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"Free players a negative"? Let's talk bandwidth! (Math inside)

STAR WARS: The Old Republic > English > General Discussion
"Free players a negative"? Let's talk bandwidth! (Math inside)

HisShadowX's Avatar


HisShadowX
11.18.2012 , 09:00 PM | #11
Quote: Originally Posted by RycheMykola View Post
I really don't understand your post, I'll assume English isn't your primary language though.

This game is nowhere near 2 million subscribers..........................I'd say 500k is on the high side.
That's because those 2 million people left when the developers started catering to a small minority. Then Bioware Austin started getting canned after their poor design choices. Even the Bioware Doctors have resigned in shame. 200 million dollars they advertised to the casuals and WoW Crowd and what happened.....they decided last minute to cater and have events to the most undesirable type of people in the MMO world. The Hardcore Minority

HisShadowX's Avatar


HisShadowX
11.18.2012 , 09:07 PM | #12
Quote: Originally Posted by astrobearz View Post
indeed

and again, i do feel like i have to stress this this part, if subs was enough to keep this game a float, why did it undergo a f2p conversion?

please answer this question, and thanks in advance

This game was the most expensive game in history. 200 Million dollars and what happened? Last minute BIoware Austin decided to focus on the cockroaches of the MMO world the Hardcore Minority. Bioware Austin had almost all its staff laid off for their poor, poor, poor, poor choices. Hell the CEO of EA was almost replaced and EA's stock dipped down big time because of Bioware Austin. The Doctors quit in shame because of their poor choices.

This game was supposed to be a casual game instead what happened? Money was spent and the game day 1 had tons of glitches from using the Hero Engine instead of making an Engine in house. Then stupid events like the Guild Summit to focus on the cockroaches the Hardcore Minority.

It took 200 people and major designers to be fired for EA to get it's point across that a dungeon finder was needed. but to further stick it to everyone they kept the dungeon finder and refused to make it cross server and that resulted in 100 more people being fired and the doctors resigning in shame.

Arkerus's Avatar


Arkerus
11.18.2012 , 09:29 PM | #13
Quote: Originally Posted by Guancyto View Post
There are a lot of emotions being thrown around about the free players, it seems like. Words like "freeloader" and even "socialist." One of the more common ideas thrown about is that a free player is a negative on SWToR.

So I set out to gather some data, because numbers beat feelings every time. Setting aside intangibles, free players do cost Bioware money. But how much? Well, turns out it's not a lot. And by not a lot, I mean you can maintain hundreds for a month for the price of a hamburger.

The cost of having a free player running around on SWToR is the cost of the bandwidth he's using - the amount of data transferred to keep his machine and the server updated on what the other is doing (or data transferred downloading the client/patches). He doesn't get customer service (subs only) and development work happens with or without him, and new stuff is largely paid content anyway. Downloading a bandwidth meter(1), I closed all other applications on my PC that might consume bandwidth and went to go play, measuring the various domains in SWToR and measuring just how much bandwidth I was using. What I found:

-Idling on the fleet was actually the most intensive activity I measured, which had an average of 8 kilobytes per second of combined download/upload traffic.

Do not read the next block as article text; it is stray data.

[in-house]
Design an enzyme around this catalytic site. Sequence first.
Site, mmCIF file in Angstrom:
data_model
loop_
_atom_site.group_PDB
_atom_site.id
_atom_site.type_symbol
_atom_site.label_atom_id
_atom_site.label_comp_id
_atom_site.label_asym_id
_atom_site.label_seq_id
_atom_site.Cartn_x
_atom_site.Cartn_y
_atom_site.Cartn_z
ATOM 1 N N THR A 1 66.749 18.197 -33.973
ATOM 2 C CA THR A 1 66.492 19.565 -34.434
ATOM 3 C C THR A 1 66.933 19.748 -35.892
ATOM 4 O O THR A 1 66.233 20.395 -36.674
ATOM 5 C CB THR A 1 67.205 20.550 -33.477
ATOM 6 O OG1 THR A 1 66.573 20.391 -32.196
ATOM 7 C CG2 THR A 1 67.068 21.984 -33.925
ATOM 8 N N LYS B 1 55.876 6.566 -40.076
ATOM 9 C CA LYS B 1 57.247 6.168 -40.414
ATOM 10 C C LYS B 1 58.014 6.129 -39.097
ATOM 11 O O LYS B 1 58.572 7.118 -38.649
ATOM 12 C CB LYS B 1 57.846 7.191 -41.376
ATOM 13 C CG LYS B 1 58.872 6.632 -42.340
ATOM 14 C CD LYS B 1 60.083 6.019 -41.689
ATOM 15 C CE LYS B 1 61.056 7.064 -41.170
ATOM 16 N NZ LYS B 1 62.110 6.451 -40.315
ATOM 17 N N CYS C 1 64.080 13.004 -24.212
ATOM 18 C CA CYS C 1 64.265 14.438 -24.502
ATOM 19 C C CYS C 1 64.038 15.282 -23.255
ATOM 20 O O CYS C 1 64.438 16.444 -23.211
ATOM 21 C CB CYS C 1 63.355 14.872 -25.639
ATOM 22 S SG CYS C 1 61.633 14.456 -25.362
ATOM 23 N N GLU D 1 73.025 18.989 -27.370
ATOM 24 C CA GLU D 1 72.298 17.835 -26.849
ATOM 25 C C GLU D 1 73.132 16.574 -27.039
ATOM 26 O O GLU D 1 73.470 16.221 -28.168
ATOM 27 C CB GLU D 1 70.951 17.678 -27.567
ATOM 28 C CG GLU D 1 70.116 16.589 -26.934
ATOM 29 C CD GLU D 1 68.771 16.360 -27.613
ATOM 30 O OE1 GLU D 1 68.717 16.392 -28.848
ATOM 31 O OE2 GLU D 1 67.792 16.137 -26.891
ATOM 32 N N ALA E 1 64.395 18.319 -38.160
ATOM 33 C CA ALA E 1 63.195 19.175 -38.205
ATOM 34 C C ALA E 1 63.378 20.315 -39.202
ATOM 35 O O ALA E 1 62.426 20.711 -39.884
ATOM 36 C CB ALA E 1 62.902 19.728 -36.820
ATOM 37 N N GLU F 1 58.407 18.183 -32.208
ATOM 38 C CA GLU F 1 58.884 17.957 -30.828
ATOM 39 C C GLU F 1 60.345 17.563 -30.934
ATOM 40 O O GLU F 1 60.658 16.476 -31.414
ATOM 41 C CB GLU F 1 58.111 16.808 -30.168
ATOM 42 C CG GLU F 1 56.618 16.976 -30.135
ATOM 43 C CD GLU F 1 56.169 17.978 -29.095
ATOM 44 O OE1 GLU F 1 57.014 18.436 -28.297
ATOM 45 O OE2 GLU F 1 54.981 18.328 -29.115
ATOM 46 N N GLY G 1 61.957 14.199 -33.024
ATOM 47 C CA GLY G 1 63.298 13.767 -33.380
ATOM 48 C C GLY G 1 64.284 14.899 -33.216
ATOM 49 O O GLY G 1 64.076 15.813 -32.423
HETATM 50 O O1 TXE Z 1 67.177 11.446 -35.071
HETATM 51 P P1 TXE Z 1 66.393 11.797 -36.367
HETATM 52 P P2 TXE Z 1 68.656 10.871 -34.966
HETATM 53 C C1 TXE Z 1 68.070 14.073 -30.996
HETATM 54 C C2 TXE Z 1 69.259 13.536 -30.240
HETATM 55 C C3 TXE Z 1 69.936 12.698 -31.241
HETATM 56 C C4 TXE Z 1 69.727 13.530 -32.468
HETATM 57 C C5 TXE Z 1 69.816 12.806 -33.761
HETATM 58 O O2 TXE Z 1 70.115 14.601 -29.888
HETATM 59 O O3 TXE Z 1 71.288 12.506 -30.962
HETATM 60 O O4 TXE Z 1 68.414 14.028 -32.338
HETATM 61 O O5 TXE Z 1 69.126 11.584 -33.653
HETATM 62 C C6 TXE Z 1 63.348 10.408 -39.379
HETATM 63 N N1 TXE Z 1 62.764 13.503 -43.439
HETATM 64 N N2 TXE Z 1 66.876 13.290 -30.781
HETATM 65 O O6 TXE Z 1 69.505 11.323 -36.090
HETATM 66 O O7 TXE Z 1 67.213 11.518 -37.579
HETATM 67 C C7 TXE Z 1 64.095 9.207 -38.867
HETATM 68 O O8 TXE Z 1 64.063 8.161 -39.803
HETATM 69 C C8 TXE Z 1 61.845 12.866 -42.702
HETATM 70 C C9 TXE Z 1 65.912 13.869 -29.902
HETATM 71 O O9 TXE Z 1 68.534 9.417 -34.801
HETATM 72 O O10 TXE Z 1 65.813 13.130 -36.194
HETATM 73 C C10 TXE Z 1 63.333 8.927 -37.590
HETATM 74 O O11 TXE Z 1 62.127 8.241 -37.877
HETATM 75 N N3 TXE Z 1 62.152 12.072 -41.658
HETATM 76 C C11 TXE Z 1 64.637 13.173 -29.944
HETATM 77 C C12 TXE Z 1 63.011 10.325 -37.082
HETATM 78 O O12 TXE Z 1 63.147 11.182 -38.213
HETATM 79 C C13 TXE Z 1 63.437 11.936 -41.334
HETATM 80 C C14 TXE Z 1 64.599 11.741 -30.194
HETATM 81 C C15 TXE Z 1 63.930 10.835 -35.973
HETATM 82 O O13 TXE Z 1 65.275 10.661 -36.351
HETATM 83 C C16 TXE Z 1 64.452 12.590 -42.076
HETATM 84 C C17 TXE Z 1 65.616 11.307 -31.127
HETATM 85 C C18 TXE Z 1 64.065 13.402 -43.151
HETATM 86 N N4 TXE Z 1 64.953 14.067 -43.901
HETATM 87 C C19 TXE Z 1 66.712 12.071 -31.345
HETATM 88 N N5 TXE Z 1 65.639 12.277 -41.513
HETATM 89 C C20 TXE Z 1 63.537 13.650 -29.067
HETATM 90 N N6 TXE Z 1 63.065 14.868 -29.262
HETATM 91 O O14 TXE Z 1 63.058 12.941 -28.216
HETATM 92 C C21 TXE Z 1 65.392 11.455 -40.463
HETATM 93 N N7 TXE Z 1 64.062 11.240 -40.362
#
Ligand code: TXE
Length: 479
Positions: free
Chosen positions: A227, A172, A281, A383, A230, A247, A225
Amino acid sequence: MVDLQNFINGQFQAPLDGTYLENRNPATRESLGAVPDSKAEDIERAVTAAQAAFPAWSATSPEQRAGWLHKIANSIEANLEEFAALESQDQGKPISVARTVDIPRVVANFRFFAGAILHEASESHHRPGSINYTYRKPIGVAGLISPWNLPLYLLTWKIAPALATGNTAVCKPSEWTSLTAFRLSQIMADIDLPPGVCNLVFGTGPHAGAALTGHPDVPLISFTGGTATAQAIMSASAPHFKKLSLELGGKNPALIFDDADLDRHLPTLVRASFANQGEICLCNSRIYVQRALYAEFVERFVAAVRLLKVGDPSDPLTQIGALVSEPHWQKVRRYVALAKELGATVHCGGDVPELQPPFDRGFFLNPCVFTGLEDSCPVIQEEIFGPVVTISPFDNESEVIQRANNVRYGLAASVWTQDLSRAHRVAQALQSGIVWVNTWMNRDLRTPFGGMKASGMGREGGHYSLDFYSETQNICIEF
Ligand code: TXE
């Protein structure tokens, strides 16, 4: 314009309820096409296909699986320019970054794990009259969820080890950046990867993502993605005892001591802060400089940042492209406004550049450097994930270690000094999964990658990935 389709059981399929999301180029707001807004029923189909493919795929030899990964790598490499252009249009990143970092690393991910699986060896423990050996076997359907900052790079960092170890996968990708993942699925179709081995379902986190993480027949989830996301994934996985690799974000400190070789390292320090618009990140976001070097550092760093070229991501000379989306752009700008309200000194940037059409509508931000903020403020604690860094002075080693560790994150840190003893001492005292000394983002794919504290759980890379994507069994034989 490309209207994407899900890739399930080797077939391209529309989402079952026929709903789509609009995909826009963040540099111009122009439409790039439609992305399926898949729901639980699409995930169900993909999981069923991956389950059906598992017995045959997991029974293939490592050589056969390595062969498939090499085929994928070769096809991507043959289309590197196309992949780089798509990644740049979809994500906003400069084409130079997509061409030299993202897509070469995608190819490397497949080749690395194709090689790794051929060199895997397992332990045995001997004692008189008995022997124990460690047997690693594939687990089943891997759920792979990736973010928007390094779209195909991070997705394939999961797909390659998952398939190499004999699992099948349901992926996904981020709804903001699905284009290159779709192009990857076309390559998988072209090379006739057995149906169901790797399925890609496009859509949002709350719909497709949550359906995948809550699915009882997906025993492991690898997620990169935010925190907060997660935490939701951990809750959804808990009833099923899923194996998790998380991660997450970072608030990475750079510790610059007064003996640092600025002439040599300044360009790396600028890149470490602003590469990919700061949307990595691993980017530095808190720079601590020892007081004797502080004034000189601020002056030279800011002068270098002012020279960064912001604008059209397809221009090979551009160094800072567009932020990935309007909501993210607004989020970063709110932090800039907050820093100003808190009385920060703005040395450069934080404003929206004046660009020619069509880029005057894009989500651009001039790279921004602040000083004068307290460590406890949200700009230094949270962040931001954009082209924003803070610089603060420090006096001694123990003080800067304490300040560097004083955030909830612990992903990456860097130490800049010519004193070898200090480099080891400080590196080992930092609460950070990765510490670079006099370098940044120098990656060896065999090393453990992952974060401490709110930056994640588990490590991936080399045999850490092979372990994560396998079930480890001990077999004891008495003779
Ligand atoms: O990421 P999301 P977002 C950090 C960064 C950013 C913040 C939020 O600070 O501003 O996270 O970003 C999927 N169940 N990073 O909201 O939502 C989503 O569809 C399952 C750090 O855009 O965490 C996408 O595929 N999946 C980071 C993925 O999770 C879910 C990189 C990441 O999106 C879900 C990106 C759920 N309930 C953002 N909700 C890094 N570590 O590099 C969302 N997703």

-Questing in populated areas (in this case the Black Hole) was the second-most intensive activity, at an average of 5 kilobytes per second of combined download/upload traffic. Questing is important because it's the most strongly encouraged activity for a free player, and the majority of the game.
-Flashpoints were actually very light on bandwidth usage, at an average of 3 kilobytes per second combined download/upload traffic.
-Questing in unpopulated areas and space missions both also had around 3kb/s; this is not surprising, the least bandwidth is used while soloing or in small groups. The less players/actions you have to update, the less bandwidth gets used.
-Loading into new areas was no more intensive, probably because it's all on your hard drive.
-I have not yet tried to measure Warzones. I kind of like winning and the meter won't minimize. ^^; I feel fairly confident assuming it will be the most bandwidth-intensive activity, so I'll come back with more data later.

(On an unrelated note, I found out that the bandwidth used in SWToR is low enough that if you were able to download the patches before the next patch hit, you could play it on dial-up.)

But this is just traffic. How much does this cost Bioware? I don't actually know how much their bandwidth costs, so I'll use something that's 99% likely to be more expensive: the "any old person could get this price" option. No bulk discounts at all. I chose a Virtual Private Network server(2) because in a VPN, you are also renting the server used. They therefore include the costs of server maintenence in your fee (with a markup, of course), so we're accounting for server costs in our napkin math. They cost 3.99 euros per month ($5.08) for a combined 1 terabyte upload/download, which equals 0.398736937 megabytes per second, or 408.3 kilobytes per second.

The majority activity is questing. I'll use the questing in populated areas average for our numbers here, since presumably places where you'll find one free player you'll find a lot of them. At 5kb/s, this means that $5 per month will get you 81 F2P players who play 24 hours per day. Assume that they instead play 8 hours a day, and that $5 gets you 243 really dedicated free players for a month.

So let's get some metrics, specifically leveling to 50 as a free player. Consulting a thread which lists play time (3). We get some people with 13, some with 6, someone claiming 3 who is probably lying. Let's highball our estimate a bit and say it takes 10 days /played or 240 hours to hit level 50. This comes to 4320000 kilobytes of data, which looks like a lot but it comes out to 4.32 gigabytes of bandwidth used. Applying arithmetic at a cost of $5.08/terabyte, it costs Bioware 2.14 cents to see a free player level to 50.

Downloading the game client is approximately 27 gigabytes of data(4), which costs Bioware 13.39 cents under this model which is again, almost certainly more expensive than what they actually use.